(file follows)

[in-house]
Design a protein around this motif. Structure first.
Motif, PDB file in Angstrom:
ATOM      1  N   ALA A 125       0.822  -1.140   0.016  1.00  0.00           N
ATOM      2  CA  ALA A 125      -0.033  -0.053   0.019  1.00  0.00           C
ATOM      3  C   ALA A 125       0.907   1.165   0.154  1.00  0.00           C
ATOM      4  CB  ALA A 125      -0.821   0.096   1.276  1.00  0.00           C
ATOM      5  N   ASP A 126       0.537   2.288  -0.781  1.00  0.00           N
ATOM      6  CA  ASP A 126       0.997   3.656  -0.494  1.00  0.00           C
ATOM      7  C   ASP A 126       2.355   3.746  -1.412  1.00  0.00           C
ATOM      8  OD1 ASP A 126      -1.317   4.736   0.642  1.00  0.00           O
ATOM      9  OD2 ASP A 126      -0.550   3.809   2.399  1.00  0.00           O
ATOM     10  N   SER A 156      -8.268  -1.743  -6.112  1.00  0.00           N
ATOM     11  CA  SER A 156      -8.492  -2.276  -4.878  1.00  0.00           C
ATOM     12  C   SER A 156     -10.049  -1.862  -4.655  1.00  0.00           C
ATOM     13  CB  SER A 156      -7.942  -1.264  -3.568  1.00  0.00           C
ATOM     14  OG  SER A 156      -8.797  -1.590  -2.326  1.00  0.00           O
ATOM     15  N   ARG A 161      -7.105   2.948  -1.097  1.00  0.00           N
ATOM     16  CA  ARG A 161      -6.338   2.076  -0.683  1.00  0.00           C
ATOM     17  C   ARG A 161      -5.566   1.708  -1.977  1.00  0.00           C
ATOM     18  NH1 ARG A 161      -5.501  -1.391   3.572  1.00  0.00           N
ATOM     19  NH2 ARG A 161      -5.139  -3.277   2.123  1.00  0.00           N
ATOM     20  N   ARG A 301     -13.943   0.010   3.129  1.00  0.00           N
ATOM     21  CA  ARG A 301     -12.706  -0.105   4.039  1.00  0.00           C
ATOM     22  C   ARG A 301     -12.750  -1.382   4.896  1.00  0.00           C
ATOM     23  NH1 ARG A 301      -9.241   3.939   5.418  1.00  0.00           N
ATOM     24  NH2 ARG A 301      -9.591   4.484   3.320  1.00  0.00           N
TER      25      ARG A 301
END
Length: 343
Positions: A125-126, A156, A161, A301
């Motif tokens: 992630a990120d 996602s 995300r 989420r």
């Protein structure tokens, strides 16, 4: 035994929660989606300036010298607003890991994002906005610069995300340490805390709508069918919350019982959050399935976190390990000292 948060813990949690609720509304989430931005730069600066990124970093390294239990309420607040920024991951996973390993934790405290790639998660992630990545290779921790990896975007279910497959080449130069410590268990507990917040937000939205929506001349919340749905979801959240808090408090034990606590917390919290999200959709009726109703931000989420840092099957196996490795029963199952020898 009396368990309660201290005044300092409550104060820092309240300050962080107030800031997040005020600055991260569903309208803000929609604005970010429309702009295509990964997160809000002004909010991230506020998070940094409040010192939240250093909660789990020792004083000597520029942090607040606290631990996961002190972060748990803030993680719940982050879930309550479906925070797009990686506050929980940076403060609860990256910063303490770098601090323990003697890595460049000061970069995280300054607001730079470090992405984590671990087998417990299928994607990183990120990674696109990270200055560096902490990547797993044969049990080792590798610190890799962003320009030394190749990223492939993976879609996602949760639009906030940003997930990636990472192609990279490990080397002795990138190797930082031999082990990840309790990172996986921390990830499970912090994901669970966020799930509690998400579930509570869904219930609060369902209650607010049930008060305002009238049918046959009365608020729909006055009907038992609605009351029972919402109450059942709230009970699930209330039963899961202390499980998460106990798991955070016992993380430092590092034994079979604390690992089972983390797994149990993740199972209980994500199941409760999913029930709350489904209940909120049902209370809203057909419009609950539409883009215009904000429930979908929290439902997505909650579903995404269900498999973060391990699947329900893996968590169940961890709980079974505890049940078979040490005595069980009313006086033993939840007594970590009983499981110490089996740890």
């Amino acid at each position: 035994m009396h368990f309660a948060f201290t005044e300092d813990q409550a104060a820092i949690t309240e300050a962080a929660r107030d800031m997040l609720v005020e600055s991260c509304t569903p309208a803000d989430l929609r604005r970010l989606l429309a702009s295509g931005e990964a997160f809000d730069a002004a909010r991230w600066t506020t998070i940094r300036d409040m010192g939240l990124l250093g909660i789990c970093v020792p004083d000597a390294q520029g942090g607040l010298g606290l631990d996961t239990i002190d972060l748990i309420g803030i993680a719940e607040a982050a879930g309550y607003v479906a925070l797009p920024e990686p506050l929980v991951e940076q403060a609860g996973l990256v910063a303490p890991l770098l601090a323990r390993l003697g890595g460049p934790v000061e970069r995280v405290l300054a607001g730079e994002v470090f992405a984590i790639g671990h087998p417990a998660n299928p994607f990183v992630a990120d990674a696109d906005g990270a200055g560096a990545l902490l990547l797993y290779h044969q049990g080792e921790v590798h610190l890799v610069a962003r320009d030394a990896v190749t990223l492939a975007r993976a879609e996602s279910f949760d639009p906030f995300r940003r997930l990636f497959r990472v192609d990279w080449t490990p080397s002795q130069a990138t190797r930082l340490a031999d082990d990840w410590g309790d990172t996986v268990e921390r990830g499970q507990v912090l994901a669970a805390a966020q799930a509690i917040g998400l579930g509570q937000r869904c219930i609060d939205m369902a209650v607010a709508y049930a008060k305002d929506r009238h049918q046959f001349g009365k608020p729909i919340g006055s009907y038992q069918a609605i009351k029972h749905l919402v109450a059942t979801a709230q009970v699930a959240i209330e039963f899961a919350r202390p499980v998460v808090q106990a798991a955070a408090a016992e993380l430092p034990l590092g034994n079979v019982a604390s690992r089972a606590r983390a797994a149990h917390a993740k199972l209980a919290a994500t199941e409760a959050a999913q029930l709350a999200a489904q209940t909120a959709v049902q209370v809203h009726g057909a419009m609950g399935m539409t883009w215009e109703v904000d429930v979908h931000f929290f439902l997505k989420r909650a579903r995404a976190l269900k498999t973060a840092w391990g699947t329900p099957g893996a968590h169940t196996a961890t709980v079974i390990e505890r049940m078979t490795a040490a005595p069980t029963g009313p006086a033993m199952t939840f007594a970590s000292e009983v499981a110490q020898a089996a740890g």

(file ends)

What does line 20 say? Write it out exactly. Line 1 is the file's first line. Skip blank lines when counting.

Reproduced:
ATOM     17  C   ARG A 161      -5.566   1.708  -1.977  1.00  0.00           C